Many concordance invariants behave predictably on squeezed knots. For example, slice torus invariants, like τ (Heegaard-Floer) and s/2 (Khovanov homology)), are all equal on squeezed knots (and the value can be read off from a cobordism that witnesses squeezedness).
    So, if your favorite class of knots for which you can calculate a particular slice torus invariant turns out to be subsumed by squeezed knots, then in fact you have calculated all slice torus invariants on said class, and, maybe, your calculation can be understood as coming from a squeezing procedure.

    Usually there is a picture here Avoid squeezed knots. You invented a new invariant (maybe by cleverly exploiting your favorite brand of a knot homology theory) and you are looking for examples on which it distinguishes itself from other invariants? If your invariant is slice torus or it fits in the squeezing obstruction scheme we describe in this paper, you should be aware of knots that are known to be squeezed, and stay away from those! Luckily,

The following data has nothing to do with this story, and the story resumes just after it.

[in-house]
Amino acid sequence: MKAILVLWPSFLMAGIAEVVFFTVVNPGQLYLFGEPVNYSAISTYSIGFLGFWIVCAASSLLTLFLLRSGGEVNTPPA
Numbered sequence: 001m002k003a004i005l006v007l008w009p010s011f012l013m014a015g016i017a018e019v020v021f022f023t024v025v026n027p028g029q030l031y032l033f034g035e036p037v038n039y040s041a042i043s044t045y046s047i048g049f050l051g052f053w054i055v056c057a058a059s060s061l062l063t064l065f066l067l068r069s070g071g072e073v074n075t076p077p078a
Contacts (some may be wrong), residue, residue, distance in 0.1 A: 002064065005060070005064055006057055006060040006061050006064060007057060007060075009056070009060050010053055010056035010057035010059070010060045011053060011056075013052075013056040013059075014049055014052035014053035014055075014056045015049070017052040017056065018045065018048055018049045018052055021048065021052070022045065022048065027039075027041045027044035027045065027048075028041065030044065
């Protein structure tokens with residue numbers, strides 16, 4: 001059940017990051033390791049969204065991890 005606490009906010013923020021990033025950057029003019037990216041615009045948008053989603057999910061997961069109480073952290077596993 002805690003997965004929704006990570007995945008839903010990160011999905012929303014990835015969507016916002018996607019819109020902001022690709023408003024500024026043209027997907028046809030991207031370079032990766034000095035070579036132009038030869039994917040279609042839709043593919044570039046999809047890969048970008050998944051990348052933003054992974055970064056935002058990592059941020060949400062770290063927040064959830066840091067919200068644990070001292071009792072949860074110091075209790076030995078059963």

Most knots should not be squeezed. While many classes of knots and most knots on (small) knot tables are squeezed, e.g. all but at most 6 prime knots with 10 or less crossings are squeezed, a generic knot (where generic is made precise in your favourite way) ought to be not squeezed. In particular, we believe that the quotient of the smooth concordance group by the subgroup of squeezed knots is very large. Maybe the invariant you invented could be used to make this precise ... let us know. Or it could be used to answer the following.